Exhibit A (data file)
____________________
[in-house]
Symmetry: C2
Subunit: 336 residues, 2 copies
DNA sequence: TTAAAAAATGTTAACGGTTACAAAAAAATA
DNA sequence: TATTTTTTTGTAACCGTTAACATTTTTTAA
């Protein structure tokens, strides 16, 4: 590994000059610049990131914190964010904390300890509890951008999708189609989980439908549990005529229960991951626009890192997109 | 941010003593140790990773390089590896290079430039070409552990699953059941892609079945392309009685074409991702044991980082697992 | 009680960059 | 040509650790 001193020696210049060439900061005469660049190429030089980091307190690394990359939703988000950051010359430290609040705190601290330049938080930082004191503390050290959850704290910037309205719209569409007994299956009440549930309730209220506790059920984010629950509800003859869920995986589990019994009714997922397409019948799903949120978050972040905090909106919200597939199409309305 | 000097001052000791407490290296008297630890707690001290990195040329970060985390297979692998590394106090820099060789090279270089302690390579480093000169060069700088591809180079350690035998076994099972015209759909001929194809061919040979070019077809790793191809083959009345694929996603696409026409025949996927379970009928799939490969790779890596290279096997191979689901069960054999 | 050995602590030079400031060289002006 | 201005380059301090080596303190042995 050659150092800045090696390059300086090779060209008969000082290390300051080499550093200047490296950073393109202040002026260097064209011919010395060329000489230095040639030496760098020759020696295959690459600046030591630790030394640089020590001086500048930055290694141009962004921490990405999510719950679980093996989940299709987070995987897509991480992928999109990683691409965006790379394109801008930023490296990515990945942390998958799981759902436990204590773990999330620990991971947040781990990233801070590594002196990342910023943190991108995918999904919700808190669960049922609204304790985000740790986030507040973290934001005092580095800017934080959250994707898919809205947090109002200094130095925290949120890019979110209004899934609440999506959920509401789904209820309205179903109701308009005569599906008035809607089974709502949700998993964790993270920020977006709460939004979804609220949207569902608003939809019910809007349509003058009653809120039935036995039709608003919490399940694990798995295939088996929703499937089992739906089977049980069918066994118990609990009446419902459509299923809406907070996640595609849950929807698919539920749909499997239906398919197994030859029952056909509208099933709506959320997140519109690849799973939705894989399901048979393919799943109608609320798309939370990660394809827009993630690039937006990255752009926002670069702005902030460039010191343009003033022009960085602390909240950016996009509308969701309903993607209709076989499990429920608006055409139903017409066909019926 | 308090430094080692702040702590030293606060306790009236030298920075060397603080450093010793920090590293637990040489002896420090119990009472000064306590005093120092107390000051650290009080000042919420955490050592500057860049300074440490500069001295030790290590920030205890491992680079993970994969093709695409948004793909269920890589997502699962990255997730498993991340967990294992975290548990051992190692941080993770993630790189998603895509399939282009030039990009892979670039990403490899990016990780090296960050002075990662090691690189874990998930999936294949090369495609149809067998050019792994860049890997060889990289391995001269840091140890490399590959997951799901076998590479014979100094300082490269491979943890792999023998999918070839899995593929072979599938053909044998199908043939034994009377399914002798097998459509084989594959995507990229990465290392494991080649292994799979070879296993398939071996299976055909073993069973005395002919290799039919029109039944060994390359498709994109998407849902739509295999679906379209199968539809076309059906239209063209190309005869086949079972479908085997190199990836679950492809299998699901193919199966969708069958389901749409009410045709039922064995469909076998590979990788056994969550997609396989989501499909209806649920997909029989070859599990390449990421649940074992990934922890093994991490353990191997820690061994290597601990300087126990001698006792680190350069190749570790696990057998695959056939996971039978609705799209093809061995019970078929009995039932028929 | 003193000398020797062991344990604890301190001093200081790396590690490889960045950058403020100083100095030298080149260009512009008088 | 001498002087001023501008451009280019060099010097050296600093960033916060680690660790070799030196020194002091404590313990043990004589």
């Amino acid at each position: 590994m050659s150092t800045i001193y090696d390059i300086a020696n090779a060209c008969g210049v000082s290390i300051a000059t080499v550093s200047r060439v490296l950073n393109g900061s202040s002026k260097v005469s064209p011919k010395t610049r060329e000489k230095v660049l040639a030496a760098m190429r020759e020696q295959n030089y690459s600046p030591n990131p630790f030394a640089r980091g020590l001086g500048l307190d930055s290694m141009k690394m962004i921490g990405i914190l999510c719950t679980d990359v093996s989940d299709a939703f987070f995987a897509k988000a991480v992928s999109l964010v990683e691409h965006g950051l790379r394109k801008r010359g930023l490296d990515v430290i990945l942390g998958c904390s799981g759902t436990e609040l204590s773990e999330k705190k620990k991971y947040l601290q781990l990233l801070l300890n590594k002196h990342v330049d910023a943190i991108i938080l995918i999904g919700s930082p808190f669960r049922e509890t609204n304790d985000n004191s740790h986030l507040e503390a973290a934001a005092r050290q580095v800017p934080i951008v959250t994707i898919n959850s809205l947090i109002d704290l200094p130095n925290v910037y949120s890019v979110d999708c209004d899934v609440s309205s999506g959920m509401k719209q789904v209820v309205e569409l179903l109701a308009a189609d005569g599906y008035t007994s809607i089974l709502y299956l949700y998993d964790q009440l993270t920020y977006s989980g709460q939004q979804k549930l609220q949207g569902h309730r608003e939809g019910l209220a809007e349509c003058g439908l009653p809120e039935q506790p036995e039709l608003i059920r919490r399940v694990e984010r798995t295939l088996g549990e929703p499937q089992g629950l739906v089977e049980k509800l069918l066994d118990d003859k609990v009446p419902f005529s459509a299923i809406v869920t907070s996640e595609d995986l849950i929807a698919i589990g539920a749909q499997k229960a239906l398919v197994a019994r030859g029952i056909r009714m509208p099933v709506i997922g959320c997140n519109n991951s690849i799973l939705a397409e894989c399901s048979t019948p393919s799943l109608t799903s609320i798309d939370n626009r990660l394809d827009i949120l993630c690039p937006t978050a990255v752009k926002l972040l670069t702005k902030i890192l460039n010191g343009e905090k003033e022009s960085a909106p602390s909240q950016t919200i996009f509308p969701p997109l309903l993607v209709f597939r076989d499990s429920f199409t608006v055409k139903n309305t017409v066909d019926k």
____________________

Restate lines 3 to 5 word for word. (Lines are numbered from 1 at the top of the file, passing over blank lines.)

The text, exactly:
Subunit: 336 residues, 2 copies
DNA sequence: TTAAAAAATGTTAACGGTTACAAAAAAATA
DNA sequence: TATTTTTTTGTAACCGTTAACATTTTTTAA